story how the fire destroyed their barnes, stables,
&c., all that they speake being meere lyes : they
likewise carrie wallets at their backes, and are
onely attended upon and defended / by the Up-
right-men, who never walke along with them
through any towne, but keepe aloofe.


And these (quoth the Hostesse of the Beggers) The
are all or the cheefest (both Hee-D'fvels and ^^""^^
Shee-Dhels) that daunce in this large circle. I Kp ^
have brought you acquainted with their names, in London
their natures, their tradings, and their trafficke ;
if you have a desire to know more of them,
you shall find whole congregations of them, at
Saint Quint ens. The three-Cranes in the Fintry,
Saint Tybs and at Knapsburie, which foure
places are foure several! barnes within one mile
compasse neere London, being but Nick-names
given to them by the Upright-men : In those
Innes doe they lodge every night ; in those doe
Upright'tnen lie with Morts^ and turne Dels into
Doxyes (that is to say, ravish young wenches)
whilst the Rogue is glad to stand at Reversion
and to take the others leavings. In Middlesex
likewise stand foure other Harbours for them,
namely. Draw the pudding out of thejire, (which
is in the parish of Harrow on the Hill.) ; The
Crosse Keyes, (which is in Cranford parish,)
Saint Julians, (which is in Thistleworth parish.)
And the house of Pitty in Northall Parish. The
Kinges Barne neere Darford, and Ketbrooke neere
Blackheath, are likewise houses of good receite
for them : In all Shires have they such Innes as
these ; and in all of them and these recited, shall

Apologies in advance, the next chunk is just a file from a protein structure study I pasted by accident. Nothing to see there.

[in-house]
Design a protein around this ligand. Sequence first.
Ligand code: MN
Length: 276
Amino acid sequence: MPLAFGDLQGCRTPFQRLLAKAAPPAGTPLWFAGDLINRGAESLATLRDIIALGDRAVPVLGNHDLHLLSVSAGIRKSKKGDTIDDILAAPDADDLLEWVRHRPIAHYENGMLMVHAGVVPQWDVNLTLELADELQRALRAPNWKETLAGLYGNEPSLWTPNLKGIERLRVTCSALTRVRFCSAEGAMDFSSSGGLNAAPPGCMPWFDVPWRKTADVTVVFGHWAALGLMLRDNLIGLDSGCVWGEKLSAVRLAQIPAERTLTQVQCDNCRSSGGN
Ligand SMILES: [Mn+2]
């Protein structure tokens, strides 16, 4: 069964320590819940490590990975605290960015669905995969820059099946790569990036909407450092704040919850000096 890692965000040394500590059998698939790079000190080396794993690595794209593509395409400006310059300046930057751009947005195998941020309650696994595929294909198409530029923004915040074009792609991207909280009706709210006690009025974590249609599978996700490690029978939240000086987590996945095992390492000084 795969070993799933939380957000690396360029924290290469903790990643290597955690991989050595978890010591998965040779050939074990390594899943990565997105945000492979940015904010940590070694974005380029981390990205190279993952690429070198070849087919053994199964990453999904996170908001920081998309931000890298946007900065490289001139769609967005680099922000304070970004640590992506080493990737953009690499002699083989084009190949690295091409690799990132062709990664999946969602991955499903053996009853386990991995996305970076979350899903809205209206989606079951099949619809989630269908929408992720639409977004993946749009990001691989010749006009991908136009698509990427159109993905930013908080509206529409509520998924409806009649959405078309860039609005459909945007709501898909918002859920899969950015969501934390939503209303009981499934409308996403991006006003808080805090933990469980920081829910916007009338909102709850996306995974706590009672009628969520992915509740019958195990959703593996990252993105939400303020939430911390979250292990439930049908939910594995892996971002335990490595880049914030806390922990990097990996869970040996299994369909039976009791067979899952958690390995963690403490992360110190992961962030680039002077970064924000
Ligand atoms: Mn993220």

you find sometimes 40. Upright-men together in-
gendring beggers with their M.orts. No sinne
but is here committed without shame. Adultery
is common amongst them, Incest but laughed at.
Sodomy made a jest : At these Havens do they
cast anchor boldly, because none are by to barre
their entrance ; yea those that are owners of


The these Barnes and Back-houses, dare not but give

hostess welcome to these Unruly Guests ; for if they
ends her , , , , , , -^ . ' , ^

recital ^^"^"^"^ ^^^ ^"^7 would at one time or other set
fire of their houses, or by blody and treacherous
practises take away their lives. For this cause
sir, (quoth shee) am I glad to looke smilingly
upon them, and to play the Hostes, because my
abiding stands so farre from company, yet I protest
(quoth shee) I hate the sight of them, as know-
ing them to be hell - hounds, and have made
discovery of their divelish conditions, because you
may teach others how to avoide them : And
howsoever you may be drawen peradventure to
publish these abuses to the world (sayd shee)
yet I pray conceale my name, the publishing of
which may cost me my life.

By / this tyme, the fumes of Ale which had
distempered her braines, and set her tongue a
going were dispersed ; so that both her lookes and
speech shewing that she did not now desemble :